Wednesday, July 30, 2008

The Cinema - Bug-Eyed Composer, Bitten By Green-Eyed Monster, Finds Fiery Finale

John Brahm's Hangover Square (1945) illustrates yet again that the most dangerous thing a young chanteuse can do to a psychotic composer with bug eyes and a predilection for Norfolk jackets is get engaged to the slimy theatrical producer mere moments after snuggling with said composer in a hansom cab.

Laird Cregar plays composer George Harvey Bone, an absent-minded sort who writes ghastly concertos that aren't as bad as they sound. Along the way he gets snookered by music hall vixen Netta Longdon, who casts a hell of a big Netta over him, convincing him to write some pop tunes for her. George doesn't take much convincing once she's commenced shaking her considerable decolletage at him.

But what ol' Netta doesn't know is that George suffers from fugue states, brought on by discordant sounds, like a bunch of pipes falling off a wagon, or his own compositions.

And in these states, he's likely to do anything, and does.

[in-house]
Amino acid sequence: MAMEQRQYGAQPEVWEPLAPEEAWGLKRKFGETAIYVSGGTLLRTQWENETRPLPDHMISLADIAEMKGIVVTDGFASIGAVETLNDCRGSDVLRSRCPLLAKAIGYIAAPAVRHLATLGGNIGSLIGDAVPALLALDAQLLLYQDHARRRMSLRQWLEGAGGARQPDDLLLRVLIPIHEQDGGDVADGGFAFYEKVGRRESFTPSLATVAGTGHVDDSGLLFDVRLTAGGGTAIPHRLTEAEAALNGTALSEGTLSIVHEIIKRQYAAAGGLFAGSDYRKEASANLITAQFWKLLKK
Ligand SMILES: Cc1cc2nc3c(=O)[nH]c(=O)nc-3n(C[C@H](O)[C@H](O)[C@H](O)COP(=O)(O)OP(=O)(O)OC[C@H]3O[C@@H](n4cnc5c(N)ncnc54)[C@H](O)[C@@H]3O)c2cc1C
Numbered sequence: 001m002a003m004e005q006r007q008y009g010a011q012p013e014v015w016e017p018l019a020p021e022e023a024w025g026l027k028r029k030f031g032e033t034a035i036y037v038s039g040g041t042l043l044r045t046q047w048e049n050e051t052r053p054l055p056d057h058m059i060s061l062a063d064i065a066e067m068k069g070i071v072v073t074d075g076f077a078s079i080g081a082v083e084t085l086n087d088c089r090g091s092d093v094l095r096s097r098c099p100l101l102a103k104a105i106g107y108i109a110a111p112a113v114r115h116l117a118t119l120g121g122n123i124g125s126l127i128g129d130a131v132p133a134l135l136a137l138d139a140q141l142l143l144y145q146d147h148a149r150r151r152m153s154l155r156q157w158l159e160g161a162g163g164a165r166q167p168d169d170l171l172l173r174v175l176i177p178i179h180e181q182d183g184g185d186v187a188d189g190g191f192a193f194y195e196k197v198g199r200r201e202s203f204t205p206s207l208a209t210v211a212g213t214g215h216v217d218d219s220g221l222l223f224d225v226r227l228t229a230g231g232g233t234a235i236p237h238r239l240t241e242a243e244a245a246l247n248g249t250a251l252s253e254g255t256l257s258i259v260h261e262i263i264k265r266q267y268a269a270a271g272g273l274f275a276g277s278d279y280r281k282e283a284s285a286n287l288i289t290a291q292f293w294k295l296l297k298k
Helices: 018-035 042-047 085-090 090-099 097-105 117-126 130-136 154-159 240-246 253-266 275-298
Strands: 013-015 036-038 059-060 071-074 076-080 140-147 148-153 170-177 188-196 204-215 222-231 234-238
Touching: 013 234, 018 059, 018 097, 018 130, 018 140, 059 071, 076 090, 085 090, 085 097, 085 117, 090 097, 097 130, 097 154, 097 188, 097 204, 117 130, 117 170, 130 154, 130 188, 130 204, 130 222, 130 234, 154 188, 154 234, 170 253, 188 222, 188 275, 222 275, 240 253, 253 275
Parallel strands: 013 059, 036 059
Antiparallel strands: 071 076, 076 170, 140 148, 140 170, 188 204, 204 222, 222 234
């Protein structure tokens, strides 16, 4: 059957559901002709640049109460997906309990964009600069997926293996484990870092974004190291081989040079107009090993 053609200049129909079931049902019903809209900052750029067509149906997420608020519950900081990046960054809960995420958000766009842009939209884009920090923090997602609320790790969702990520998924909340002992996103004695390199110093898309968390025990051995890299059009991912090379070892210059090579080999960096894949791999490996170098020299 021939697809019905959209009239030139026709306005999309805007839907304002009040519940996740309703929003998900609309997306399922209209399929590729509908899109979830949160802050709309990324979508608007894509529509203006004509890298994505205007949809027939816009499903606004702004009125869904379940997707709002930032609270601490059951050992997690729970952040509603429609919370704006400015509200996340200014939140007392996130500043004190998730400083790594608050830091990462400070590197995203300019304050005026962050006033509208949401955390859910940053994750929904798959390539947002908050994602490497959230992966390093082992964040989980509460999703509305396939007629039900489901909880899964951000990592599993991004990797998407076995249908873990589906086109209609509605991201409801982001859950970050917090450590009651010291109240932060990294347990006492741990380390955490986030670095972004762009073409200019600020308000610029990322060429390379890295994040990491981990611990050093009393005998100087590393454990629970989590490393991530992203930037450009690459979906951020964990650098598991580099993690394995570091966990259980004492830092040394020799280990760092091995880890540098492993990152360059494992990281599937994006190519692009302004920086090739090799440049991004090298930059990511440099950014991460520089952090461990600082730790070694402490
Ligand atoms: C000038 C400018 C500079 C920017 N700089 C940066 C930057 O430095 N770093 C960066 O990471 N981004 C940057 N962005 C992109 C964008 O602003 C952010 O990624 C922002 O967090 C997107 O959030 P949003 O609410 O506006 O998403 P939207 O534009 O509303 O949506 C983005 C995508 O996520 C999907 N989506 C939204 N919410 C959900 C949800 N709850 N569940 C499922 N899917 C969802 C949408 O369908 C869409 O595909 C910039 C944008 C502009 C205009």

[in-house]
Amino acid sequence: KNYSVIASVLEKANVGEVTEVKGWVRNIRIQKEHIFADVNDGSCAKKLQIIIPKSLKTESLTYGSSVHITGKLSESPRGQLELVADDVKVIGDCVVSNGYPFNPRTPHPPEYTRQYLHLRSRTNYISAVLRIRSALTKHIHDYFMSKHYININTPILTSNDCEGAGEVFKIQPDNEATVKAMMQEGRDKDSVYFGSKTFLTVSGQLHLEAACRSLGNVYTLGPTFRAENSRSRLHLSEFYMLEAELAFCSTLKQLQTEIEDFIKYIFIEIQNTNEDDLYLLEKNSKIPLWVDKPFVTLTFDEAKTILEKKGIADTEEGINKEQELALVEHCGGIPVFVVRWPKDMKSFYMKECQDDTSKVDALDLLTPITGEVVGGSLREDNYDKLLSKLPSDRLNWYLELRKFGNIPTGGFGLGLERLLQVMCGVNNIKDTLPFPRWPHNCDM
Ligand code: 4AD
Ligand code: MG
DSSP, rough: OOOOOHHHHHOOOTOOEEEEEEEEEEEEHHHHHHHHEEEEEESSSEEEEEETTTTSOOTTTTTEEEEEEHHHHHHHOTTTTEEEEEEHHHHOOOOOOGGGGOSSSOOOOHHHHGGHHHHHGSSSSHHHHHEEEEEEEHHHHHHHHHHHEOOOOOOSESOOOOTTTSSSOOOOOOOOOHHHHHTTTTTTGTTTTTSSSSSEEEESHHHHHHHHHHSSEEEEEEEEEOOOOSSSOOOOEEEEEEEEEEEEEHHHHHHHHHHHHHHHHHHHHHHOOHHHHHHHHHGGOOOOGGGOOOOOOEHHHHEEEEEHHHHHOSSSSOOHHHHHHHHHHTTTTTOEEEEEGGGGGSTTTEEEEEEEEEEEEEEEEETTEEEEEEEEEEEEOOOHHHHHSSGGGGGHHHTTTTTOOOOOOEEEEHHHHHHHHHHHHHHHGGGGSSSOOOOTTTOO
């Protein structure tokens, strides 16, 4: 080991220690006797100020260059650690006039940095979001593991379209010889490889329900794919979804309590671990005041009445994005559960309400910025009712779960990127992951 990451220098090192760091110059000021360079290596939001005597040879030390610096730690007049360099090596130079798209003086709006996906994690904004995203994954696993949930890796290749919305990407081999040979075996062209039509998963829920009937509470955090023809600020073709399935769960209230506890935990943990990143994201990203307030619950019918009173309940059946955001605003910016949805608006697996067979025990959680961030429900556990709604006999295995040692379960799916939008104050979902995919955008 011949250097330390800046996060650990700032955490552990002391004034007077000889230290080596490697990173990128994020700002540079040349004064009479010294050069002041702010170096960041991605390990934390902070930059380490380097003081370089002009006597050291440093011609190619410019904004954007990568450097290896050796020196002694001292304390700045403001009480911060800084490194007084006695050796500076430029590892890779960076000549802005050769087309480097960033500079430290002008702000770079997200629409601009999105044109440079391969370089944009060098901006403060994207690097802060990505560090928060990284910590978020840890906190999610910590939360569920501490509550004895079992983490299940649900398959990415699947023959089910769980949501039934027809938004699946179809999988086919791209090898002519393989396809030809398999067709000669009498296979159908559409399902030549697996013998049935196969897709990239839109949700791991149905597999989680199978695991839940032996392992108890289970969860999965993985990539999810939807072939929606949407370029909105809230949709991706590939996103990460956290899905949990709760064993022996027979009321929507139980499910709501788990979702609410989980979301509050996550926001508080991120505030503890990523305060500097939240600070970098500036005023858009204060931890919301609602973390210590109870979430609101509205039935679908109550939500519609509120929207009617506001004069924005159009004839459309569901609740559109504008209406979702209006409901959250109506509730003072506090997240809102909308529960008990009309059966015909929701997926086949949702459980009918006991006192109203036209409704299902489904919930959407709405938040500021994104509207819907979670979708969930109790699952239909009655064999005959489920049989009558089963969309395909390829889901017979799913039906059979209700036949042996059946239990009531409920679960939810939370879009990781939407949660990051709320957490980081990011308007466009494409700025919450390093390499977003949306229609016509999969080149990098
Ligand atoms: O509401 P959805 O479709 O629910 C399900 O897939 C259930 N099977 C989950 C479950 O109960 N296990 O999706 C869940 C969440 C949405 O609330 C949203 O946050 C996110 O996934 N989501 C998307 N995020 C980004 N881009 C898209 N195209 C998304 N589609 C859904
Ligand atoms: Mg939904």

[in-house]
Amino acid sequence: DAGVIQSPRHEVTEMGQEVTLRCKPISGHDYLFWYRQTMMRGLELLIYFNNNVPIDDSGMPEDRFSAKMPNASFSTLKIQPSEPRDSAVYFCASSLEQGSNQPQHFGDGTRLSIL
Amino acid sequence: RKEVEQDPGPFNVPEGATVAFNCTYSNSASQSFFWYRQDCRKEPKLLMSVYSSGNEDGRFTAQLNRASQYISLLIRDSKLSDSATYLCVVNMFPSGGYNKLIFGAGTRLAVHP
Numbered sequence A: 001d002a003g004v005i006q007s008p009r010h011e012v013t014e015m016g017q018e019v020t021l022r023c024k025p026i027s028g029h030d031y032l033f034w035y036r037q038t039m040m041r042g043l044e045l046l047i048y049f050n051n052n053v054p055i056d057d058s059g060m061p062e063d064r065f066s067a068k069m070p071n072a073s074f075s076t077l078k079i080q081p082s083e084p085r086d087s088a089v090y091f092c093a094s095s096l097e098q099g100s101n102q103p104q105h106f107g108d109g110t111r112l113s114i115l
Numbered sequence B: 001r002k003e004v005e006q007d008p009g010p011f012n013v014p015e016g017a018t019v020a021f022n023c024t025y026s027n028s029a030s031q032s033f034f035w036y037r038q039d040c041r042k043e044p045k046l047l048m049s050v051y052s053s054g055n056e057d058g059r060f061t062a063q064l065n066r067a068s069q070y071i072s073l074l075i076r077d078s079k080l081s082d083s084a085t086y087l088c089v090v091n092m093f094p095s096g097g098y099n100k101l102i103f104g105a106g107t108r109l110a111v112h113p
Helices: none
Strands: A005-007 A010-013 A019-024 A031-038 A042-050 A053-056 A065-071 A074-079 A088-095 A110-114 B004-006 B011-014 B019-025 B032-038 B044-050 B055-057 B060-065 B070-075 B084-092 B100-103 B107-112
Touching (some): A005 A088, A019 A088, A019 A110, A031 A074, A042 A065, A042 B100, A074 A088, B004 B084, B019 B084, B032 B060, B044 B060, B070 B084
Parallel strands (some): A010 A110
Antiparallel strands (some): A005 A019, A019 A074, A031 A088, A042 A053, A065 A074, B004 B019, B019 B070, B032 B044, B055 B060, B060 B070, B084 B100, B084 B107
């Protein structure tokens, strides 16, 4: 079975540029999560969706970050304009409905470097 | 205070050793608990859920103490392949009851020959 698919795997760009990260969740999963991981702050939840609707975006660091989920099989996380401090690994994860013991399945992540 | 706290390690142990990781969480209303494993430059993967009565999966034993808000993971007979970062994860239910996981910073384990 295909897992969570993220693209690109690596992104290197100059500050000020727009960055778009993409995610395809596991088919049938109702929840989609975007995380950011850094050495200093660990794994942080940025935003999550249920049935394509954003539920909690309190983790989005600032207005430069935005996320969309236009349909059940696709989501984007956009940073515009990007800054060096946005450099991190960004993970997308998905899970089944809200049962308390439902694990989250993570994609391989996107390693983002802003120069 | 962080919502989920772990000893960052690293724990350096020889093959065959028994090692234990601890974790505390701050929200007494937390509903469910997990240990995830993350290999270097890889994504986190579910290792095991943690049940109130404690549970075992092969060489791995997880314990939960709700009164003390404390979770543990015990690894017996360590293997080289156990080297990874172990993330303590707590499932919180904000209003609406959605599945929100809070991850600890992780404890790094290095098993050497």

The ever elegant and vaguely creepy George Sanders plays Dr. Allan Middleton, who suspects George of having a hand in the spate of violence in and around Hangover Square, but he can't prove it.

There's a lot of plot that interferes with the story but it all gets going when George attacks the theatrical producer, and then goes into one of his murderous funks. He lurks around Netta's building, kills her and carries her body off.

And in a stroke of luck, the sort that only seems to happen to the temporarily deranged, it's Guy Fawkes Day, and the street urchins are having a bonfire. George climbs up a ladder and sticks Netta's body, disguised by a mask, on the top of the pile. He also gets his pants singed on the way down, a fact that proves to be his downfall.

The Hangover Square Concerto was written by Bernard Herrmann, Hitchcock's favorite composer, and the final scene is a stunner, with the music and a long plan-sequence that takes the audience around the recital hall, back to the musicians, to George, and back out again, creating a marvelously paranoid and suspenseful atmosphere.

And George, who has managed to set the place on fire, dies while hammering out the final chords.

Great stuff. Sort of a CACA film, in that Cregar's eyes pop out of his head when he goes into psycho mode. Definitely a B movie, so it gets an enthusiastic three coil rating.

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